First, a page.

Help:Editing the Help Index

Search WikiTree's help pages:

Categories: Leader Help


Introduction

Finding help documents or a specific place on a website like WikiTree should be three legs of a stool:

1. Search Page: This acts as the same as a concordance would in a book. Put in some key words and you get results... sometimes more results than you need. On WikiTree that is found here:

https://www.wikitree.com/wiki/Special:SearchPerson

2. List of Articles and Categories: In a book this is called the table of contents. On WikiTree this is found here:

https://www.wikitree.com/wiki/Category:WikiTree_Help

Because this is a category page and not a true table of contents articles are listed in alphabetical order. This can sometimes lead to confusion when trying to find a topic. In addition, since it is a category, any user can add articles which can add to the confusion until they are seen and removed. The top of this page is protected and can only be changed by a sysop.

3. Index: Usually found at the back of a book it is what you turn to when the table of contents is too vague or you need something more specific then search will yield. This document is to guide leaders and sysops in suggesting entries for the WikiTree Index. WikiTree's Index can be found here:

https://www.wikitree.com/wiki/Help_Index

Guides for Indexing

1. Keep it simple. You should put yourself in the place of a new WikiTree user looking for information. What keyword would you look under? In the very unusual event that there are two places a user might look then index both of those words. Do this RARELY. If you need a modifer then place it after a comma. Example:

biographies, created by

2. Use nouns not verbs or adjectives. This is one of the most important guidelines for indexing. For example we don’t put information on “closing an account” under “closing”. We put it under “accounts”. Most of us grow up using indexes in books so our life experience has trained us to look for nouns when using any index.

3. Because we are indexing web pages and not pages in a book each keyword gets its own line. If the keyword doesn’t tell the user what is unique about that page use one additional descriptive word with it to make it unique. Brevity is everything.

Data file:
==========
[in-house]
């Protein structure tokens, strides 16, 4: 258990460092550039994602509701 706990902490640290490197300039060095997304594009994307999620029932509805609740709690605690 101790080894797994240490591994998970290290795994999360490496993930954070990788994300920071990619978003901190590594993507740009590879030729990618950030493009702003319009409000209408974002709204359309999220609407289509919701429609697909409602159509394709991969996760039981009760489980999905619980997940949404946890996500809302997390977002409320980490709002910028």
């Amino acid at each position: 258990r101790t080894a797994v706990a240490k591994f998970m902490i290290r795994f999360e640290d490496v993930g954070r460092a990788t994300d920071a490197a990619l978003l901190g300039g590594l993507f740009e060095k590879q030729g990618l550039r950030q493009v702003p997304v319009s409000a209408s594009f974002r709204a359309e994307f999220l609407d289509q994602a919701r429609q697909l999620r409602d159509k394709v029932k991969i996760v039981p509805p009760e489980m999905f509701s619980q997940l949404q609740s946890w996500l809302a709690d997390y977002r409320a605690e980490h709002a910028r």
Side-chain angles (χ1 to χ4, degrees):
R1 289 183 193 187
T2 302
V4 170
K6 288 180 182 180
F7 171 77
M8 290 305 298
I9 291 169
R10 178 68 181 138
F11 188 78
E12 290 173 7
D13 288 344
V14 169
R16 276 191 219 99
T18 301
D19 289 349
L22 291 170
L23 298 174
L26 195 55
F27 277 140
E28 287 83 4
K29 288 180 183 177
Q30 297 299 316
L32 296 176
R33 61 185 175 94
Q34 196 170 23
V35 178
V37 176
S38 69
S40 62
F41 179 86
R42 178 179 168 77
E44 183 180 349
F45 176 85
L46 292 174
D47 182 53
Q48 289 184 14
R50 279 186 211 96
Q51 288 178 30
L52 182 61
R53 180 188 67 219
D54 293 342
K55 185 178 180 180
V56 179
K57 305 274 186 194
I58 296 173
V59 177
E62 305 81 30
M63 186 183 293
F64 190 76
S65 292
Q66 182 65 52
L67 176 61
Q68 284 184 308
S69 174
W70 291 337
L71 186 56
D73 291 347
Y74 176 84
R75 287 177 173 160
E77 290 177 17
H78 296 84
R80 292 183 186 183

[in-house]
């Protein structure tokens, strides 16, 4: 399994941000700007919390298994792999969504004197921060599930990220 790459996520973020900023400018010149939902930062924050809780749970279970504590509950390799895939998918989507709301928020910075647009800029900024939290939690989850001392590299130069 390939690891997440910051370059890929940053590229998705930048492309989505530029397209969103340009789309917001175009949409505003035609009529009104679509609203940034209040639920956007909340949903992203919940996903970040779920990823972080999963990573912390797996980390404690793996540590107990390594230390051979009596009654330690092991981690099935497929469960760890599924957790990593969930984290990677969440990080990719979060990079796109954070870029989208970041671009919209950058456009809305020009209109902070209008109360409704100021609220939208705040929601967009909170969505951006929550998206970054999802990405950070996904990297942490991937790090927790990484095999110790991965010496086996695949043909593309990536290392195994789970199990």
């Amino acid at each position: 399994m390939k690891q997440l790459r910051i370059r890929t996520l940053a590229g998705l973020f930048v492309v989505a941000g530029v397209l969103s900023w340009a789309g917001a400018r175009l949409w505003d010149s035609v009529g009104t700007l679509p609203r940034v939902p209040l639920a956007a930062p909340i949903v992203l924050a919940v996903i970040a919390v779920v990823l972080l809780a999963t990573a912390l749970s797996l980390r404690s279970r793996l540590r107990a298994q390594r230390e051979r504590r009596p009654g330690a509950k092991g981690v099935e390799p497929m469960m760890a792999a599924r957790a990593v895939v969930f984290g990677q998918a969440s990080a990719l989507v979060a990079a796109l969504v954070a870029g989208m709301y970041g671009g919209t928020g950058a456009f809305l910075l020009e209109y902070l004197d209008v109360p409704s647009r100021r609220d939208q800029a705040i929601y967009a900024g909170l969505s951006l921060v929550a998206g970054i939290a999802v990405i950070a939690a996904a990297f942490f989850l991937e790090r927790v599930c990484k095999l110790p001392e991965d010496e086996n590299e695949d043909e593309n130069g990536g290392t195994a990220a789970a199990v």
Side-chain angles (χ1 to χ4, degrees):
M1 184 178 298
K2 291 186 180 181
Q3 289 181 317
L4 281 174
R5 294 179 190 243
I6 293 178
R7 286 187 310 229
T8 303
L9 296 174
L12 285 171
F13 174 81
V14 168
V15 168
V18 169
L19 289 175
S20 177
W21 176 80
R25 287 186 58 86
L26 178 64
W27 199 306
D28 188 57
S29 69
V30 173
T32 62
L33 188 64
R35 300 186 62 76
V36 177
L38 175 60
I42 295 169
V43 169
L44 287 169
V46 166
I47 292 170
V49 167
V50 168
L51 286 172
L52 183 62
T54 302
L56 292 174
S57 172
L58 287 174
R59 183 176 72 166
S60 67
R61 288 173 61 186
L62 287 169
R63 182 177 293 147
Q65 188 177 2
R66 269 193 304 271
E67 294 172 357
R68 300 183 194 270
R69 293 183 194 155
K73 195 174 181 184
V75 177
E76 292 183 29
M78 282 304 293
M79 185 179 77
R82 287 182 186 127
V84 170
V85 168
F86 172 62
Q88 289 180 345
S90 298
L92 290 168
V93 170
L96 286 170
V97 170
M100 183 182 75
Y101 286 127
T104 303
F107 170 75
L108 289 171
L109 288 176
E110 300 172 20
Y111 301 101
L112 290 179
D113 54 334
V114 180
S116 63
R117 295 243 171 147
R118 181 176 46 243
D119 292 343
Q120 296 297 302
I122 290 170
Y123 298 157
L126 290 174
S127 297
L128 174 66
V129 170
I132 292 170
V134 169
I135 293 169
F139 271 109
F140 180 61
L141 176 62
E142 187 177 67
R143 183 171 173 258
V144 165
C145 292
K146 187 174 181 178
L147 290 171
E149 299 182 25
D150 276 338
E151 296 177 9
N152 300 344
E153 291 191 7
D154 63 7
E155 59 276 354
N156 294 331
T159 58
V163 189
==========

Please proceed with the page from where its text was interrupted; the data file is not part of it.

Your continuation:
4. There are three levels of indexing allowed. The third level should not be used unless absolutely necessary. The first level uses capital letters like a tile of a book. Levels two and three always use small case letters. Example:

  • Accounts
    • about
    • active
    • benefits
      • family
      • membership

5. When directing users to see another part of the index always use italics and a colon. Example:

also see: Guides to WikiTree.

If you are directing users to another section on level one do not use the word “also”. Examples of both:

  • Family
    • editing relationships
    • members, adding
    • non-traditional
    • views
    • printing
  • Fields see: Profiles
  • Footnotes
  • Help
    • articles and categories
    • genealogy resources
    • videos
    • also see: Guides to WikiTree
  • Honor Code


6. Separate individual items with a semi-colon. Example:

also see: Date Fields; Name Fields

7. The only projects that we individually index are those that are function based or that could reasonably touch on every profile or user. Examples are: Categories, Mentors, Arborists, etc.

8. In our index “WikiTree” is used specifically to refer to those pages that are about the company. No other pages belong under that entry.

Formatting the Help Index

Simply add a " * " before the links to pages or categories on the first level.


What you type:

* Example 1
* Example 2
* Example 3

What it looks like:
  • Example 1
  • Example 2
  • Example 3

Add an extra '*' to go the second and third levels, like this:


What you type:

* Example 1
** Example 1a
** Example 1b
*** Example 1c

What it looks like:
  • Example 1
    • Example 1a
    • Example 1b
      • Example 1c
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This page was last modified 11:09, 28 March 2018. This page has been accessed 85 times.